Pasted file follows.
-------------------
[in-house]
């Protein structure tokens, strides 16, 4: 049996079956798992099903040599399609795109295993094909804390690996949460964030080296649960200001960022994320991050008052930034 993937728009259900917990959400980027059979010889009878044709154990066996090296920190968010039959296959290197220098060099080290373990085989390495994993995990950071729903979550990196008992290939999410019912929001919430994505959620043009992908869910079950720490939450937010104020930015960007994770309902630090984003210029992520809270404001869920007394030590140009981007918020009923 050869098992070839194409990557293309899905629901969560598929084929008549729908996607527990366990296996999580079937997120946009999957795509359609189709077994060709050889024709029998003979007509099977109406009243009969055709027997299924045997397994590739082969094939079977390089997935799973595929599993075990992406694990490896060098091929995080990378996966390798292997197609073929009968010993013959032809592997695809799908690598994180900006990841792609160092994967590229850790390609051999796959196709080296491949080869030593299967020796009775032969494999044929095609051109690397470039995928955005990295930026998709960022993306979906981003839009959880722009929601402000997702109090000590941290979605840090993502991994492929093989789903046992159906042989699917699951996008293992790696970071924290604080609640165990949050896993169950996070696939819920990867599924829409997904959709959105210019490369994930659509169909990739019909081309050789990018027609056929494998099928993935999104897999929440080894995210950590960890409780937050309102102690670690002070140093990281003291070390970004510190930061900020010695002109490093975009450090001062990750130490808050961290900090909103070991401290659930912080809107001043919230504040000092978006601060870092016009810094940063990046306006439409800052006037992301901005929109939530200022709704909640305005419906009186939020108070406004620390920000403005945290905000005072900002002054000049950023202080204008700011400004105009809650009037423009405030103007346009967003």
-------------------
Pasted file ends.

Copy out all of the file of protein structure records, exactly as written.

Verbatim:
[in-house]
């Protein structure tokens, strides 16, 4: 049996079956798992099903040599399609795109295993094909804390690996949460964030080296649960200001960022994320991050008052930034 993937728009259900917990959400980027059979010889009878044709154990066996090296920190968010039959296959290197220098060099080290373990085989390495994993995990950071729903979550990196008992290939999410019912929001919430994505959620043009992908869910079950720490939450937010104020930015960007994770309902630090984003210029992520809270404001869920007394030590140009981007918020009923 050869098992070839194409990557293309899905629901969560598929084929008549729908996607527990366990296996999580079937997120946009999957795509359609189709077994060709050889024709029998003979007509099977109406009243009969055709027997299924045997397994590739082969094939079977390089997935799973595929599993075990992406694990490896060098091929995080990378996966390798292997197609073929009968010993013959032809592997695809799908690598994180900006990841792609160092994967590229850790390609051999796959196709080296491949080869030593299967020796009775032969494999044929095609051109690397470039995928955005990295930026998709960022993306979906981003839009959880722009929601402000997702109090000590941290979605840090993502991994492929093989789903046992159906042989699917699951996008293992790696970071924290604080609640165990949050896993169950996070696939819920990867599924829409997904959709959105210019490369994930659509169909990739019909081309050789990018027609056929494998099928993935999104897999929440080894995210950590960890409780937050309102102690670690002070140093990281003291070390970004510190930061900020010695002109490093975009450090001062990750130490808050961290900090909103070991401290659930912080809107001043919230504040000092978006601060870092016009810094940063990046306006439409800052006037992301901005929109939530200022709704909640305005419906009186939020108070406004620390920000403005945290905000005072900002002054000049950023202080204008700011400004105009809650009037423009405030103007346009967003």